How to Cope With Seasonal Affective Disorder at Work
Seven people share their struggles and how they’re making it through the winter.
When a new year begins, it can feel like everyone at work is brimming with excitement: they’ve hit reset, they’ve set goals, and they’re ready to achieve them. But starting the year on a positive, ambitious note can be much more difficult for people who experience Seasonal Affective Disorder (SAD). This type of depression—also referred to as seasonal depression or winter depression—occurs most commonly in the fall and winter and takes its toll with symptoms like low energy, appetite changes, lost interest in certain activities and feelings of hopelessness, among others. And while the exact cause of SAD is unknown (it’s potentially related to the rise of melatonin and drop of serotonin in the body, both due to decreased sunlight), one thing is clear: It impacts a lot of people. According to Psychology Today, SAD affects an estimated 10 million Americans (in addition to the people who experience mild SAD) and is four times more common in women than in men.
If you have SAD, or aren’t sure if your symptoms are more than a mild case of the “winter blues,” it’s important to speak with a doctor. And in the meantime, know you’re not alone, even when you feel completely surrounded by that “new year, new you” cheer in the office. Ahead, eight people share how seasonal depression impacts them at work and how they cope.
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Lizbeth Meredith, 55, Juvenile Probation Supervisor and Writer, Anchorage, Alaska
“Seasonal Affective Disorder catches me unaware every December. By then, the cumulative effect of all-day darkness means I’m more forgetful and lethargic, and my already intense day job feels overwhelming and un-doable. Creativity comes to a screeching halt as I head for bed early and slap the snooze button on my alarm in the morning, losing valuable writing time. The best case scenario means I cut back on sugar and flour and put my grippers on over my shoes and go for a lunch-hour walk while listening to a motivational podcast. My office has almost no natural light, so walking gets my heart rate going, gives me vitamin D, and is a real mood elevator. I also take vitamin D supplements. And above all, when my thoughts get as dark as the sky, I remind myself that soon, the light will come.”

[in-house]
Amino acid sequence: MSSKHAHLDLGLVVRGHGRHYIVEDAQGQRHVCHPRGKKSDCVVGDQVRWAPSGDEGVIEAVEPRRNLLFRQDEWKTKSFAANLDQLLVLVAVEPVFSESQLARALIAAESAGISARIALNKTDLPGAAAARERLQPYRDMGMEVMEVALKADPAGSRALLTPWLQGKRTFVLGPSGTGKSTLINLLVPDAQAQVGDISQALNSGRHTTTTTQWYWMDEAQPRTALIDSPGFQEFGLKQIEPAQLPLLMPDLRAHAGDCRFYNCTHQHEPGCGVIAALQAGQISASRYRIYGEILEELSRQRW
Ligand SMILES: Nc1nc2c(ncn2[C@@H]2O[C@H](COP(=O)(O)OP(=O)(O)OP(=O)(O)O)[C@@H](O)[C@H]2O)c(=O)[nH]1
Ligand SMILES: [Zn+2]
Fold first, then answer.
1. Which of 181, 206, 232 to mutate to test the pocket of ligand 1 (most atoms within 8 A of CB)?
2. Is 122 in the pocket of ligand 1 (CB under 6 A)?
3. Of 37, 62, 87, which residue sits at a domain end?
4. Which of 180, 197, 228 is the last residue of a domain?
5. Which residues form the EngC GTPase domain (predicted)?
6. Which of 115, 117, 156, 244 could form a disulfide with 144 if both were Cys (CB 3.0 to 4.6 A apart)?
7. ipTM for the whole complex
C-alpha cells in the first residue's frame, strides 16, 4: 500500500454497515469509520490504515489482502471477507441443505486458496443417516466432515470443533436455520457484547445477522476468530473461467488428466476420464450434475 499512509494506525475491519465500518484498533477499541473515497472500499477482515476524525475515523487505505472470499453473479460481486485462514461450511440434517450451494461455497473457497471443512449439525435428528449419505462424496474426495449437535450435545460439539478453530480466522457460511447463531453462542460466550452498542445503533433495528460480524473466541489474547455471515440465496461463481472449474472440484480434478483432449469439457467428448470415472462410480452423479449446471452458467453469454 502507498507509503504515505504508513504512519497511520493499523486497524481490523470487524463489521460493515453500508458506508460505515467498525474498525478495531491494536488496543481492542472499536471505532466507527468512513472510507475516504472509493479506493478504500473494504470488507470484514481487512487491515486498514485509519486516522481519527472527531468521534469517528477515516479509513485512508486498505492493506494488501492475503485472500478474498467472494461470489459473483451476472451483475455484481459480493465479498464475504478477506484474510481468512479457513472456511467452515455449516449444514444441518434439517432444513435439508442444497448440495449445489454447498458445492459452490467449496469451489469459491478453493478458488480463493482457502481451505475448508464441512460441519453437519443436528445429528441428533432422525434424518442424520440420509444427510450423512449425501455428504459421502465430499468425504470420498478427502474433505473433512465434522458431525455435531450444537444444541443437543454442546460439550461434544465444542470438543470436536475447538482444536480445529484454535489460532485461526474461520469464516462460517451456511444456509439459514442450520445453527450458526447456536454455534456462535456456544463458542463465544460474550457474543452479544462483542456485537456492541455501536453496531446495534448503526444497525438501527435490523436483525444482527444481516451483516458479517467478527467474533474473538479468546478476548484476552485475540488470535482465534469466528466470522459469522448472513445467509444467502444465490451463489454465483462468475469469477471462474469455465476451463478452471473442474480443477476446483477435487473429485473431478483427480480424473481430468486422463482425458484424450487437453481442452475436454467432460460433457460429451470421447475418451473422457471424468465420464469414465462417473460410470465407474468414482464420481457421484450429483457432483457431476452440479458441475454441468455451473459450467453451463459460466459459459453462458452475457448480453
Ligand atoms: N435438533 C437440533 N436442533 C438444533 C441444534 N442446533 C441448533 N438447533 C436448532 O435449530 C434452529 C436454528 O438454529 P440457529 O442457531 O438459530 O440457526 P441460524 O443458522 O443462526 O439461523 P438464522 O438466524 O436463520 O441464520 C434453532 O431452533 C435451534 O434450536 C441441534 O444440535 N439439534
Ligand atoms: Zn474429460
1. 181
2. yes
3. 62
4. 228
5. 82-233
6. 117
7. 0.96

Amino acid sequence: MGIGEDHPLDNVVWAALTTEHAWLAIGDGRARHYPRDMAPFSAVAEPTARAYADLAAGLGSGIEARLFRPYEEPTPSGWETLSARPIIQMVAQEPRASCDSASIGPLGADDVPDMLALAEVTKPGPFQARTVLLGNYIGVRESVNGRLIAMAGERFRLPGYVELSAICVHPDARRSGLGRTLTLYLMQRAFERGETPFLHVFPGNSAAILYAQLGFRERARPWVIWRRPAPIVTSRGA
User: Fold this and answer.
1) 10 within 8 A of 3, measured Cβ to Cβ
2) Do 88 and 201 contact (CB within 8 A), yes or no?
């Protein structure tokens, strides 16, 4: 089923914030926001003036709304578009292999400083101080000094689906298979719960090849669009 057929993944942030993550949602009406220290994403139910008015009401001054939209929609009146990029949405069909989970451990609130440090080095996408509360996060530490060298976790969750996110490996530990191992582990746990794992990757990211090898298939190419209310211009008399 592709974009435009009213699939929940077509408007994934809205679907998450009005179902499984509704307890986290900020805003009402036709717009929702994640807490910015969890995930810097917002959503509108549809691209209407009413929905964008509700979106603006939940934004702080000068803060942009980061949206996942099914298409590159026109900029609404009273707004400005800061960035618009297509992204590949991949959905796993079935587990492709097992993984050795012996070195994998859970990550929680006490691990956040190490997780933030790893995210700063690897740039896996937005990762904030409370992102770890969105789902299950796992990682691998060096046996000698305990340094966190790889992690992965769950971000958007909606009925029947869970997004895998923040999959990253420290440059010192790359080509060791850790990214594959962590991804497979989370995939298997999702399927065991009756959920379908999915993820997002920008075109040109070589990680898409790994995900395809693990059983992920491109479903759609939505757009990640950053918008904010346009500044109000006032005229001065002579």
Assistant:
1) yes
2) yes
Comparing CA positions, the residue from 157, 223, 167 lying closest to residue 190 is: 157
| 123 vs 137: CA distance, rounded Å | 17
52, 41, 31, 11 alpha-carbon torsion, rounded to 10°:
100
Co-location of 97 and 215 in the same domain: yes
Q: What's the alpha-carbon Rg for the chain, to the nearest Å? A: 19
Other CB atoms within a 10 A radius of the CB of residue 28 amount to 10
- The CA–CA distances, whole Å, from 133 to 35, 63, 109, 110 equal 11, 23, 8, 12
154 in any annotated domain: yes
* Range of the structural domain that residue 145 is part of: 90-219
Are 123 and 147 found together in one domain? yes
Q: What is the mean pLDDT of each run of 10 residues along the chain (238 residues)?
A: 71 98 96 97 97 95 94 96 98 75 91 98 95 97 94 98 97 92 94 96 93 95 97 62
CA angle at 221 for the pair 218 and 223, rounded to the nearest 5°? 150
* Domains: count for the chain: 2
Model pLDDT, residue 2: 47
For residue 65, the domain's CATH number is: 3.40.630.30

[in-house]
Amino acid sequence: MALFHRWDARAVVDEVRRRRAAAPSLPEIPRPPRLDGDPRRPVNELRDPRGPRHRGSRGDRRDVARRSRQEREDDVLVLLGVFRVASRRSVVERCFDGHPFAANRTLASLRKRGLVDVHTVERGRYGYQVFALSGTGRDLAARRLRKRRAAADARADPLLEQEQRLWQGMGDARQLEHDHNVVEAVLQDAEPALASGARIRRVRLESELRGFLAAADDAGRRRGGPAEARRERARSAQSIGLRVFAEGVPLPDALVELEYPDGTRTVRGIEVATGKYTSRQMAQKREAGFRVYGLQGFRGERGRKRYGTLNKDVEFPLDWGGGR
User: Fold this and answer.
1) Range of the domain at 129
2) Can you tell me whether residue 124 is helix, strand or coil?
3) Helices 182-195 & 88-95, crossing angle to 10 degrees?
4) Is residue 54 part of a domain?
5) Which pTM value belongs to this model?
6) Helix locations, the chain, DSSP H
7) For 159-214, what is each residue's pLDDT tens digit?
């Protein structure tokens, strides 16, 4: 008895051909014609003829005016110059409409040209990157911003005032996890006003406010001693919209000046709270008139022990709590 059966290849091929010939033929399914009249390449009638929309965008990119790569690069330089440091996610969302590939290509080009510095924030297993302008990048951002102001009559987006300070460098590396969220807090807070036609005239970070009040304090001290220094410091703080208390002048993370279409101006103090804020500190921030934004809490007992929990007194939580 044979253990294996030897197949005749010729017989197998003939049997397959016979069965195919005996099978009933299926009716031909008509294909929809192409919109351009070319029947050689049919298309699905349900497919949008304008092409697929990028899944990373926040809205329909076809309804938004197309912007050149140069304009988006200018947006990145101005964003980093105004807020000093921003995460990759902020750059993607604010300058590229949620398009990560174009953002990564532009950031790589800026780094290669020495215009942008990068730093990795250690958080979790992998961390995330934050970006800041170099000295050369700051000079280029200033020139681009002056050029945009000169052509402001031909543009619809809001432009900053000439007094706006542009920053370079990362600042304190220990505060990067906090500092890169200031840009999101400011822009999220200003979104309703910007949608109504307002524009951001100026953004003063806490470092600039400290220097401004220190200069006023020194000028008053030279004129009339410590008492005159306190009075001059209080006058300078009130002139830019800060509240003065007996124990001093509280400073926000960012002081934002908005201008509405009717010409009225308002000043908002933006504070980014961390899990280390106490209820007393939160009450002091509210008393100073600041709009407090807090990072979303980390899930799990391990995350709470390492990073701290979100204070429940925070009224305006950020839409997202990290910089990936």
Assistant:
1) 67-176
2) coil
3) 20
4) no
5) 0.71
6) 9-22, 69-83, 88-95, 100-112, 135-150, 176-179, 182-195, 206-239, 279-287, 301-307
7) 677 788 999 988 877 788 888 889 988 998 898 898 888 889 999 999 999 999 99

Kay Allison, 60, Co-Founder of Farm & Oven Snacks, Boulder, Colorado
“For me, SAD is a severe case of the winter blues. I’m so lethargic, and my thoughts feel like they’re swimming through molasses. I’m not very quick to understand issues or generate new ideas (and as an entrepreneur, this is my job); I procrastinate on returning emails or calls. A lot of my job is to be active on social media and selling to retail chains. For that, I need to be energetic and upbeat. When I’m deeply into my seasonal depression, I’m dull, not sparkly.
To bolster my mood during the darker days, I use a light box every morning from mid-September through mid-April. I start with a few minutes a day, working my way up to 20 minutes a day in the dead of winter. I go to therapy every week. If I’m particularly teary, my therapist will suggest adding some time to the light box or changing the level of the medications and supplements I take to even my mood out. And I am very careful to get eight hours of sleep a night.”
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Mel D'Amato, 34, Trucking Brokerage Account Manager and Project Manager at One Shot Podcast Network, Chicago, IL
“I lose motivation when I leave work and it’s already dark out. My day feels like it has already ended and I feel defeated. I take vitamin D every morning, and that has helped a lot. In the last three years, I finally went to my general practitioner and asked for medication. When I was young, I was diagnosed with chronic depression, so I’ve taken meds on and off my entire life. I stopped 12 years ago, saying I would never go back, but sometimes you need the help. I’m glad I started again. It’s been an incredible help.”
S. Nicole Lane, 29, Editorial Associate, Chicago, IL
“As a freelance journalist who also works a full time job at a newspaper, I am constantly working. As a workaholic, I’ve always been very organized and proactive. But when I’m dealing with SAD, I forget deadlines, sleep through my alarm, and feel incredibly absent from the workplace. I have a hard time talking to coworkers or putting myself into social settings within the workplace.
This year, I signed up for a gym over the summer in preparation (I stop exercising in the winter and I can feel how it alters my mood), tried to eat better, started taking vitamins, and set an early alarm to get up hours before work starts. Although I’m not going [to the gym] as much as I would like, it does get me out of the house. I’ve also been better at saying ‘no’ to friends when they ask to hang out when I know that my body needs a rest and I don’t feel well enough to go out into the Chicago winter night. On the other side of that, I make sure that I’m not becoming too much of a recluse; I do try to go out once or twice a week so that I’m not entirely turning inward and shutting people out. Nevertheless, I’m still dealing with seasonal depressive symptoms. [But] I’m lucky to work in alternative media, where I can tell my coworkers and my boss, ‘Hey, I’m depressed and having a down day,’ and no one reprimands me. They are all a supportive group of people.”